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Creating clarity during the energy transition

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      Policy & Regulation, Retail — 5 mins read

      What the transition to Net Zero means for consumers

      With the rise of the prosumer and the multi-directional flow of energy that goes with it, consumers are gaining more skin in the game.

      As prosumers participate in distributed energy resources (DER) such as solar rooftop panels, domestic and community batteries and electric vehicles, they will be looking for value for money and return on their investment.

      Another big change in energy is the transition away from natural gas. This is likely to lead to greater electrification and the possibility of gas being replaced with hydrogen or biogas.

      These shifts and changes in the energy system are bringing their own set of challenges to the industry - and consumers.

      So what are the challenges?

      • Current regulatory frameworks
      • Growing inequities for consumers
      • Phase-out of gas
      • Tariff reform
      • System resilience
      • Dispute resolution
      • Maintaining social licence

      What are some of the considerations for developing solutions?

      Addressing the challenges will require a rethink of how energy services are delivered and managed. In the process, industry will need to consider the role of consumers in future.

      Here are some of the factors at play.

      • A fit-for-purpose regulatory framework
        Currently, consumer protections are provided through Australian Consumer Law, and the National Energy Customer Framework (NECF) which regulates the sale and supply of electricity and gas to consumers.

        St Vincent De Paul’s Policy and Research Manager, Gavin Dufty, says the current regulatory systems and structures will need to be updated, as more consumers become prosumers and the market moves from one of consumption to one of service.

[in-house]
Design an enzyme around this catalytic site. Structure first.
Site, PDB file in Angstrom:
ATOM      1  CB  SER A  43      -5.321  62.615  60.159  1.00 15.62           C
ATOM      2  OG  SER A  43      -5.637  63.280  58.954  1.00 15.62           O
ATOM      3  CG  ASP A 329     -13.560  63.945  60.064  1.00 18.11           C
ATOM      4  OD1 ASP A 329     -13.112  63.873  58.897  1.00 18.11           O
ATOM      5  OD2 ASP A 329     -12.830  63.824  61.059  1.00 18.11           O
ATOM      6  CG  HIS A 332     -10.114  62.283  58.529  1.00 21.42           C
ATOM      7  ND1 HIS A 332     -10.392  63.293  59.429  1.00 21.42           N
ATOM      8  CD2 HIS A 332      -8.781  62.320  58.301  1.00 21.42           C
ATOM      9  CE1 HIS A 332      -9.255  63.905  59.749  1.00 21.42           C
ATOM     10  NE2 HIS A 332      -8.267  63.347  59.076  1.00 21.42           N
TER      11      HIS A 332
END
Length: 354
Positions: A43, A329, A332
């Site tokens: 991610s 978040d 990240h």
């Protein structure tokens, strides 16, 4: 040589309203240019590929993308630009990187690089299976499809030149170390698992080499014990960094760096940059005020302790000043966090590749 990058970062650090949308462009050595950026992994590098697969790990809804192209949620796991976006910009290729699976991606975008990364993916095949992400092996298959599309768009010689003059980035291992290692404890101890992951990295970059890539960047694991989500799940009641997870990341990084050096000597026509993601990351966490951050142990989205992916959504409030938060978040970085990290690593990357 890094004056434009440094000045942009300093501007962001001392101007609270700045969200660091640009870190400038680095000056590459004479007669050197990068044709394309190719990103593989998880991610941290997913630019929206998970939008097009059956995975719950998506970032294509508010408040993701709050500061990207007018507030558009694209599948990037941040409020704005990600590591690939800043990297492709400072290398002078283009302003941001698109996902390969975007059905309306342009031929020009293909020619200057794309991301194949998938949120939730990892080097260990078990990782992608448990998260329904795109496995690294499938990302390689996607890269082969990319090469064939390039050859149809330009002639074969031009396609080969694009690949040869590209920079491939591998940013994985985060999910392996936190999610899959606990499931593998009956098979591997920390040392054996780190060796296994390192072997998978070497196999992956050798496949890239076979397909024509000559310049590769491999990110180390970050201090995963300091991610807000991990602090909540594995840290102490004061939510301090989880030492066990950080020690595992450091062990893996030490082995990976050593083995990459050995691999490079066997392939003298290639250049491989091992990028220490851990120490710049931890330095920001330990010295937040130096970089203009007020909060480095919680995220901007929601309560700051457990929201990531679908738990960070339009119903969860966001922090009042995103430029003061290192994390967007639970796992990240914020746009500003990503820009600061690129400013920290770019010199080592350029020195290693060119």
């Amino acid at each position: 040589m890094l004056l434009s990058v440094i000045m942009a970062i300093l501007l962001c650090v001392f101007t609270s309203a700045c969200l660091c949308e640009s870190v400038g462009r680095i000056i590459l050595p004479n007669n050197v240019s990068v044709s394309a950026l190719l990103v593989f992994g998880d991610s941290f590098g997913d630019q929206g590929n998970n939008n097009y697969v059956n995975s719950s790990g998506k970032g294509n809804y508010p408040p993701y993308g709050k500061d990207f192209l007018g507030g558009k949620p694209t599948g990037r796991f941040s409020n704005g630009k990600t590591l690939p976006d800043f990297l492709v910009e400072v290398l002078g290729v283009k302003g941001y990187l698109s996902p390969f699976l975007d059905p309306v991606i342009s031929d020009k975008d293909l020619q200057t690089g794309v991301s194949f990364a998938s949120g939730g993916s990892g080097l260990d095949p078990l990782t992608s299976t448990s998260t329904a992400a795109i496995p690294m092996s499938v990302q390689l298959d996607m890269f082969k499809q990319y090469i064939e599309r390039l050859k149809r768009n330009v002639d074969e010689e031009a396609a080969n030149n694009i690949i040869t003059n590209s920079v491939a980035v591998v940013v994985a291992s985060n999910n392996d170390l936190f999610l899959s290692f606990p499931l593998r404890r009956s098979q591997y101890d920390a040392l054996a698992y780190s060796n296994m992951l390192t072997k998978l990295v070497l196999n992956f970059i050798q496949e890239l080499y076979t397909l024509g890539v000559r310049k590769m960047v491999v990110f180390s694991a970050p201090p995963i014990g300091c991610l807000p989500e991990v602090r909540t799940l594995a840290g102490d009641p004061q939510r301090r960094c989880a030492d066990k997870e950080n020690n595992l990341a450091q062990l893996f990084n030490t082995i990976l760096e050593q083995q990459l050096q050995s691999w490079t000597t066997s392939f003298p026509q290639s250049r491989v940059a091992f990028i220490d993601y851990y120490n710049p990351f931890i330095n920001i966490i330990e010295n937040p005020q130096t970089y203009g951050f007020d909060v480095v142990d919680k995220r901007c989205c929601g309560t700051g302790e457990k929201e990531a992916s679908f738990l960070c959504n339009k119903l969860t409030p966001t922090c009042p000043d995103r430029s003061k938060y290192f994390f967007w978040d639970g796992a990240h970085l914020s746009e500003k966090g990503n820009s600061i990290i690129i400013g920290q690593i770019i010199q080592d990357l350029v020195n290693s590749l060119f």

‘We need to look at how we can redesign the surrounding social and consumer architecture to reflect and complement the changes,’ he says.
      • Targeted complementary measures
        A range of measures are required to provide critical support to consumers in transition. This will help ensure households without the means to invest in DER do not end up subsidising the system through higher costs.

        These measures may include targeted energy concessions, as well as appliance subsidies for dual fuel households.

        ‘This will be particularly pertinent for consumers transitioning their electricity and gas use,’ Dufty says.
      • Tariff reform
        The Australian Energy Regulator (AER) believes that tariff reform is necessary to integrate DER into the grid with maximum efficiency, and to lower network costs for customers.

        In addition, it’s important to consider tariff reform in relation to the divide between customers with access to DER and those without.
      • Reformed dispute resolution mechanism
        In the current system, consumers generally engage with energy retailers for services. When disputes arise, consumers have recourse through the Energy Ombudsman in their state or territory.

        However, as customers become prosumers, they may end up dealing with companies other than energy retailers – such as when entering into power purchasing agreements. In these cases, they are not afforded the same level of energy consumer protection.